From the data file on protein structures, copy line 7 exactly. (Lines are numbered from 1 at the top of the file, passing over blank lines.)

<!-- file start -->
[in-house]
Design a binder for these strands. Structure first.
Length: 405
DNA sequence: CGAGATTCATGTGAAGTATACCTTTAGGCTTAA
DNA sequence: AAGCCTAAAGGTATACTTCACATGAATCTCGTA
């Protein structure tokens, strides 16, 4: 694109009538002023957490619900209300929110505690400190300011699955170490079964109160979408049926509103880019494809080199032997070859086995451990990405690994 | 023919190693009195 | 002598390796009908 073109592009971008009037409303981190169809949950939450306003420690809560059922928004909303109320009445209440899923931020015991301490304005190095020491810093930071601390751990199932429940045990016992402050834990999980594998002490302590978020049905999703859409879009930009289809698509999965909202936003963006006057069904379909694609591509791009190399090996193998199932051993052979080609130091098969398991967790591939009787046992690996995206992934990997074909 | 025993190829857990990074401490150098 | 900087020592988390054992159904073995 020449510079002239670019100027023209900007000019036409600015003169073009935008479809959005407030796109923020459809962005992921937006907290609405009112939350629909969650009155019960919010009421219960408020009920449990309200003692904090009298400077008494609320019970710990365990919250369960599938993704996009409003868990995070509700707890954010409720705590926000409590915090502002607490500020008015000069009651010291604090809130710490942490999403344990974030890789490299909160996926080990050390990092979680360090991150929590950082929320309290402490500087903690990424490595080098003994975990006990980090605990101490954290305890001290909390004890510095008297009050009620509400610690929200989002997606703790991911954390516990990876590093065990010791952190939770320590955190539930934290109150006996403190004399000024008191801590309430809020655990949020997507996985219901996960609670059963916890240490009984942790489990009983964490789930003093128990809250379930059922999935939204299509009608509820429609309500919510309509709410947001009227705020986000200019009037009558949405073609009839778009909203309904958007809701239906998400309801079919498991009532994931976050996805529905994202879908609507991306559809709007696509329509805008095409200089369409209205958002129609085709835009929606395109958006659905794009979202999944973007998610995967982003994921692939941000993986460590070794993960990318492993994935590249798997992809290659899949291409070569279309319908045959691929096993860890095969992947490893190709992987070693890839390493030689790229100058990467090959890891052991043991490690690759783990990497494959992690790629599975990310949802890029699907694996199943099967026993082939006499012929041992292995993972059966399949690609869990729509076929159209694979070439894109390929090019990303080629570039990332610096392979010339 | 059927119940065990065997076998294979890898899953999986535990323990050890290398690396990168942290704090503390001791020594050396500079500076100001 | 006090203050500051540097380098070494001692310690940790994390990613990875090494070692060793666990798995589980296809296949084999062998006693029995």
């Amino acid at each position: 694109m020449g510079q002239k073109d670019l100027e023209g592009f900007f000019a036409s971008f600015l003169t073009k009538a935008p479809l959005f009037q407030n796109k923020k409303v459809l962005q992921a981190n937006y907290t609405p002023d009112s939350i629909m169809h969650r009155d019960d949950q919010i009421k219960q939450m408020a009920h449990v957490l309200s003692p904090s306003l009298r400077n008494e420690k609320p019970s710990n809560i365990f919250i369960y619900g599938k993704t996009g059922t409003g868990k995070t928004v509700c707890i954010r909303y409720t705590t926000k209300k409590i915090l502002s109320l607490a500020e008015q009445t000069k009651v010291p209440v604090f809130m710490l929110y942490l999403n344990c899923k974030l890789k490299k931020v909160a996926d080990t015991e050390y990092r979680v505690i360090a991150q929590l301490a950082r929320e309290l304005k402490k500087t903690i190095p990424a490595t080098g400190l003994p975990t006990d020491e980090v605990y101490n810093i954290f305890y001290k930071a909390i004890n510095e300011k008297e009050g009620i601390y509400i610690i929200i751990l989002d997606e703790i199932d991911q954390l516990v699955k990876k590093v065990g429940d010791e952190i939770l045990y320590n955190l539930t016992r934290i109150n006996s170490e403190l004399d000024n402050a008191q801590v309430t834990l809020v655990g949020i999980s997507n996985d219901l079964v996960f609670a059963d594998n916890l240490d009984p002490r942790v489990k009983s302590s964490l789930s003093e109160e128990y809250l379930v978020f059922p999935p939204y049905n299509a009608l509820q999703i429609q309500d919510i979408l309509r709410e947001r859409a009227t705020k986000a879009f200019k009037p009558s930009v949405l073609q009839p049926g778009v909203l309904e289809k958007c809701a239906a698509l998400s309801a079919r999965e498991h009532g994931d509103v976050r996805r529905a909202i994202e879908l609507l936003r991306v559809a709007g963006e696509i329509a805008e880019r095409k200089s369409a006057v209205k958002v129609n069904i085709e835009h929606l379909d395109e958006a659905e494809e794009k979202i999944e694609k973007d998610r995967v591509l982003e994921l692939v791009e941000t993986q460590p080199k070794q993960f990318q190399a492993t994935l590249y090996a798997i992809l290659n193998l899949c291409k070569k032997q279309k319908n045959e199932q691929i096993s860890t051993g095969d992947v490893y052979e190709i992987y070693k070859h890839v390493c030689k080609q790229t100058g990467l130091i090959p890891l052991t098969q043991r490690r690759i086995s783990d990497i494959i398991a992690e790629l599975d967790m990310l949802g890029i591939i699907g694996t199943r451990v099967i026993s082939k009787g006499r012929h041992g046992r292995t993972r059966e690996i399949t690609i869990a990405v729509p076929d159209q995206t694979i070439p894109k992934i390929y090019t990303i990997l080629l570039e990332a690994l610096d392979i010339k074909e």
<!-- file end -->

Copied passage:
């Amino acid at each position: 694109m020449g510079q002239k073109d670019l100027e023209g592009f900007f000019a036409s971008f600015l003169t073009k009538a935008p479809l959005f009037q407030n796109k923020k409303v459809l962005q992921a981190n937006y907290t609405p002023d009112s939350i629909m169809h969650r009155d019960d949950q919010i009421k219960q939450m408020a009920h449990v957490l309200s003692p904090s306003l009298r400077n008494e420690k609320p019970s710990n809560i365990f919250i369960y619900g599938k993704t996009g059922t409003g868990k995070t928004v509700c707890i954010r909303y409720t705590t926000k209300k409590i915090l502002s109320l607490a500020e008015q009445t000069k009651v010291p209440v604090f809130m710490l929110y942490l999403n344990c899923k974030l890789k490299k931020v909160a996926d080990t015991e050390y990092r979680v505690i360090a991150q929590l301490a950082r929320e309290l304005k402490k500087t903690i190095p990424a490595t080098g400190l003994p975990t006990d020491e980090v605990y101490n810093i954290f305890y001290k930071a909390i004890n510095e300011k008297e009050g009620i601390y509400i610690i929200i751990l989002d997606e703790i199932d991911q954390l516990v699955k990876k590093v065990g429940d010791e952190i939770l045990y320590n955190l539930t016992r934290i109150n006996s170490e403190l004399d000024n402050a008191q801590v309430t834990l809020v655990g949020i999980s997507n996985d219901l079964v996960f609670a059963d594998n916890l240490d009984p002490r942790v489990k009983s302590s964490l789930s003093e109160e128990y809250l379930v978020f059922p999935p939204y049905n299509a009608l509820q999703i429609q309500d919510i979408l309509r709410e947001r859409a009227t705020k986000a879009f200019k009037p009558s930009v949405l073609q009839p049926g778009v909203l309904e289809k958007c809701a239906a698509l998400s309801a079919r999965e498991h009532g994931d509103v976050r996805r529905a909202i994202e879908l609507l936003r991306v559809a709007g963006e696509i329509a805008e880019r095409k200089s369409a006057v209205k958002v129609n069904i085709e835009h929606l379909d395109e958006a659905e494809e794009k979202i999944e694609k973007d998610r995967v591509l982003e994921l692939v791009e941000t993986q460590p080199k070794q993960f990318q190399a492993t994935l590249y090996a798997i992809l290659n193998l899949c291409k070569k032997q279309k319908n045959e199932q691929i096993s860890t051993g095969d992947v490893y052979e190709i992987y070693k070859h890839v390493c030689k080609q790229t100058g990467l130091i090959p890891l052991t098969q043991r490690r690759i086995s783990d990497i494959i398991a992690e790629l599975d967790m990310l949802g890029i591939i699907g694996t199943r451990v099967i026993s082939k009787g006499r012929h041992g046992r292995t993972r059966e690996i399949t690609i869990a990405v729509p076929d159209q995206t694979i070439p894109k992934i390929y090019t990303i990997l080629l570039e990332a690994l610096d392979i010339k074909e």